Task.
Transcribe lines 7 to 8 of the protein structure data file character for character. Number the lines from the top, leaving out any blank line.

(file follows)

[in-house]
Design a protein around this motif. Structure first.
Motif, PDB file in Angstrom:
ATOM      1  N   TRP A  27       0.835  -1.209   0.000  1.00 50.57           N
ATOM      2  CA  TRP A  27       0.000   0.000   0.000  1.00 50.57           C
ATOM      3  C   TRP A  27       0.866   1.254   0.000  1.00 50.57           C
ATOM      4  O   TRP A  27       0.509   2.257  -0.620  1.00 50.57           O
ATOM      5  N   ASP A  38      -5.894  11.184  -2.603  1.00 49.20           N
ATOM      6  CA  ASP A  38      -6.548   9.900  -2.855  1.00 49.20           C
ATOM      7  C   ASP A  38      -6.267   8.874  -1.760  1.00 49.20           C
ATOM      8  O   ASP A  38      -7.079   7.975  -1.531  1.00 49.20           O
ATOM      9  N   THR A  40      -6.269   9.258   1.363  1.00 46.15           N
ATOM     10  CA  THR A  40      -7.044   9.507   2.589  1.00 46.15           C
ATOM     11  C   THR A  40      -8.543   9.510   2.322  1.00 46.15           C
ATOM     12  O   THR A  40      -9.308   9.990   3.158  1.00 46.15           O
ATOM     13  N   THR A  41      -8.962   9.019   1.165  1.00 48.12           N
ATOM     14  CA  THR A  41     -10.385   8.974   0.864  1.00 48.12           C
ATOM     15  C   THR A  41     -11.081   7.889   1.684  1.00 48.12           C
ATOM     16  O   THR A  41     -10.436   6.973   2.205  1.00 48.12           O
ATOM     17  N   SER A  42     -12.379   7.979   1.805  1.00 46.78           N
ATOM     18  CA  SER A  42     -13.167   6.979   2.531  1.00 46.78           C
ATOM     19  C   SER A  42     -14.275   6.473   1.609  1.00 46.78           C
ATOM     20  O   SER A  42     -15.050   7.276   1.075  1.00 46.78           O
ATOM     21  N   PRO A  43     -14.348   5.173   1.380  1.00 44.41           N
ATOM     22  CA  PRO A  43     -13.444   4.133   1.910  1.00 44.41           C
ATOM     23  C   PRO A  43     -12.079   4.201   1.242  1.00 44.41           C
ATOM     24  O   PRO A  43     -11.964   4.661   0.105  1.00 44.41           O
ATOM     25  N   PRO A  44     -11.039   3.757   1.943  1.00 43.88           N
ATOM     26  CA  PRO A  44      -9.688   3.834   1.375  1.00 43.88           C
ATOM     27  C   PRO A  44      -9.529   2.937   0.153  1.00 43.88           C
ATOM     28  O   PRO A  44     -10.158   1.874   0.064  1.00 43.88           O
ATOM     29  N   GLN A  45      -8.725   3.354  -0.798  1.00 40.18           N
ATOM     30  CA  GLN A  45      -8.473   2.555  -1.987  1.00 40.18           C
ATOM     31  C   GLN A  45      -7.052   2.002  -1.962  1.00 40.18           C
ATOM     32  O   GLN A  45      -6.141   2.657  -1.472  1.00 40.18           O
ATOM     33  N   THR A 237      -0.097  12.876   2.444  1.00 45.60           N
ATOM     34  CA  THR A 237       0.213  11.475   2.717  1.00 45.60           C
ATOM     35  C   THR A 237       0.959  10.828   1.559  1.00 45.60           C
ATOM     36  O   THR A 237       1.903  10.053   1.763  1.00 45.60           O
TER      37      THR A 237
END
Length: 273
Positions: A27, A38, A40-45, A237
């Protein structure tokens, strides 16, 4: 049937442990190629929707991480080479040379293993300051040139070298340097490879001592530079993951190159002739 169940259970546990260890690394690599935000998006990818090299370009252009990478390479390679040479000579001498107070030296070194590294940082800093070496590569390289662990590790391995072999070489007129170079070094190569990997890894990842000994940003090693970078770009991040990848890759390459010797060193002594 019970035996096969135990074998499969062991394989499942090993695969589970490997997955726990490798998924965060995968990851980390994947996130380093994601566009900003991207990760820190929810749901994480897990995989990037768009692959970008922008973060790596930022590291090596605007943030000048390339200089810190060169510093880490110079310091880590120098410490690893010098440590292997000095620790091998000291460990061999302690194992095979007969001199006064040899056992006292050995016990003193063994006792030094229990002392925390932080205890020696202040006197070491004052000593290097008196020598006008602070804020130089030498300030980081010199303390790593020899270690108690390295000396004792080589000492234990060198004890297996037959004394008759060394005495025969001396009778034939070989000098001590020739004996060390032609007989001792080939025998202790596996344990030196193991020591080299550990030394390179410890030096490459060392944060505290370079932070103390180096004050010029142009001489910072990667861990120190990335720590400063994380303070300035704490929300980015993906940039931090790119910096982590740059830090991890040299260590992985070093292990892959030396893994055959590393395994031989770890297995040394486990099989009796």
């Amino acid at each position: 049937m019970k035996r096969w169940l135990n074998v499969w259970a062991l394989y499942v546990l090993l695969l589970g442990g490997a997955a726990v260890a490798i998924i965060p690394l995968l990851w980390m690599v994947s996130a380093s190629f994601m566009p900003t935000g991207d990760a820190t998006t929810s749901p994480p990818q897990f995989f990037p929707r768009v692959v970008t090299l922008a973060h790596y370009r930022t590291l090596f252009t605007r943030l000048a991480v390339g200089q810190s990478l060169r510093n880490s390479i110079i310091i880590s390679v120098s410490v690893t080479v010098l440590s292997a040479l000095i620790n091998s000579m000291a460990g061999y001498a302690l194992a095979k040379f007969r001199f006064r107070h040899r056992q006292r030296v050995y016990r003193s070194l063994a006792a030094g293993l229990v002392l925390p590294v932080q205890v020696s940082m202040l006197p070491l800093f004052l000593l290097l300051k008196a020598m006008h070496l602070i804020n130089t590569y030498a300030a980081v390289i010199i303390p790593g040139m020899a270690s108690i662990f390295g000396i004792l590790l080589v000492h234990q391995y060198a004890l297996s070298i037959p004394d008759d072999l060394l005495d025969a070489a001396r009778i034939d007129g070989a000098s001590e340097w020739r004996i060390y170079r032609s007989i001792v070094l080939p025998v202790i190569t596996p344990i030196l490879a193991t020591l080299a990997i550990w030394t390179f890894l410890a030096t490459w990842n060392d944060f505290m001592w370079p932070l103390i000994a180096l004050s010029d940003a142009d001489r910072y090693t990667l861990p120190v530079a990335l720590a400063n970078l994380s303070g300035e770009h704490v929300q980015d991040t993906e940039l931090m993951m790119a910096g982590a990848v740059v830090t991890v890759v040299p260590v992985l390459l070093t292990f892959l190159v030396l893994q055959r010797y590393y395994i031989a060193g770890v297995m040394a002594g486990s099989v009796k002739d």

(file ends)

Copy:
ATOM      4  O   TRP A  27       0.509   2.257  -0.620  1.00 50.57           O
ATOM      5  N   ASP A  38      -5.894  11.184  -2.603  1.00 49.20           N